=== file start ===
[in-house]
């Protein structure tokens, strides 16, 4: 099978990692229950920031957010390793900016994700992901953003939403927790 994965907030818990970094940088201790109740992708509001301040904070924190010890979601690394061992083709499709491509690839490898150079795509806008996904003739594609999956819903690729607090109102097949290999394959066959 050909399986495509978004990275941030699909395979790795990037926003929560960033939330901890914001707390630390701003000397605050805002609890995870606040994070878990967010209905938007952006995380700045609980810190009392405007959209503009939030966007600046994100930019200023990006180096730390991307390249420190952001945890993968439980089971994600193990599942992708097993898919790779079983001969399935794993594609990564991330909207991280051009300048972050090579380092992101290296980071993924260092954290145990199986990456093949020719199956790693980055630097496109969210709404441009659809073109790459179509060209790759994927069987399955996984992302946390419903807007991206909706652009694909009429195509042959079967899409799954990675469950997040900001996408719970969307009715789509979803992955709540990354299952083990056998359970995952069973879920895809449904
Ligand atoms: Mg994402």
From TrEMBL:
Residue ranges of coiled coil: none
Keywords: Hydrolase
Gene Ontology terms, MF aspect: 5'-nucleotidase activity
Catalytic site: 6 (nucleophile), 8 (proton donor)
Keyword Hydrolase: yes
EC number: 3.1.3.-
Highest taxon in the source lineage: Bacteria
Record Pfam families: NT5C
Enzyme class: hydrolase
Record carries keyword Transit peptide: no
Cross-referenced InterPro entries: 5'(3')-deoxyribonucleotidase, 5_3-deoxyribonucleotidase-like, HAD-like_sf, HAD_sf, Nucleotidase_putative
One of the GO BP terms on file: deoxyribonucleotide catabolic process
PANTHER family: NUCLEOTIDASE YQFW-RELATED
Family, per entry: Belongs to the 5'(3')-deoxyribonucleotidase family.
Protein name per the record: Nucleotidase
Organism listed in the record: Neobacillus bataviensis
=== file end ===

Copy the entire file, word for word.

[in-house]
């Protein structure tokens, strides 16, 4: 099978990692229950920031957010390793900016994700992901953003939403927790 994965907030818990970094940088201790109740992708509001301040904070924190010890979601690394061992083709499709491509690839490898150079795509806008996904003739594609999956819903690729607090109102097949290999394959066959 050909399986495509978004990275941030699909395979790795990037926003929560960033939330901890914001707390630390701003000397605050805002609890995870606040994070878990967010209905938007952006995380700045609980810190009392405007959209503009939030966007600046994100930019200023990006180096730390991307390249420190952001945890993968439980089971994600193990599942992708097993898919790779079983001969399935794993594609990564991330909207991280051009300048972050090579380092992101290296980071993924260092954290145990199986990456093949020719199956790693980055630097496109969210709404441009659809073109790459179509060209790759994927069987399955996984992302946390419903807007991206909706652009694909009429195509042959079967899409799954990675469950997040900001996408719970969307009715789509979803992955709540990354299952083990056998359970995952069973879920895809449904
Ligand atoms: Mg994402």
From TrEMBL:
Residue ranges of coiled coil: none
Keywords: Hydrolase
Gene Ontology terms, MF aspect: 5'-nucleotidase activity
Catalytic site: 6 (nucleophile), 8 (proton donor)
Keyword Hydrolase: yes
EC number: 3.1.3.-
Highest taxon in the source lineage: Bacteria
Record Pfam families: NT5C
Enzyme class: hydrolase
Record carries keyword Transit peptide: no
Cross-referenced InterPro entries: 5'(3')-deoxyribonucleotidase, 5_3-deoxyribonucleotidase-like, HAD-like_sf, HAD_sf, Nucleotidase_putative
One of the GO BP terms on file: deoxyribonucleotide catabolic process
PANTHER family: NUCLEOTIDASE YQFW-RELATED
Family, per entry: Belongs to the 5'(3')-deoxyribonucleotidase family.
Protein name per the record: Nucleotidase
Organism listed in the record: Neobacillus bataviensis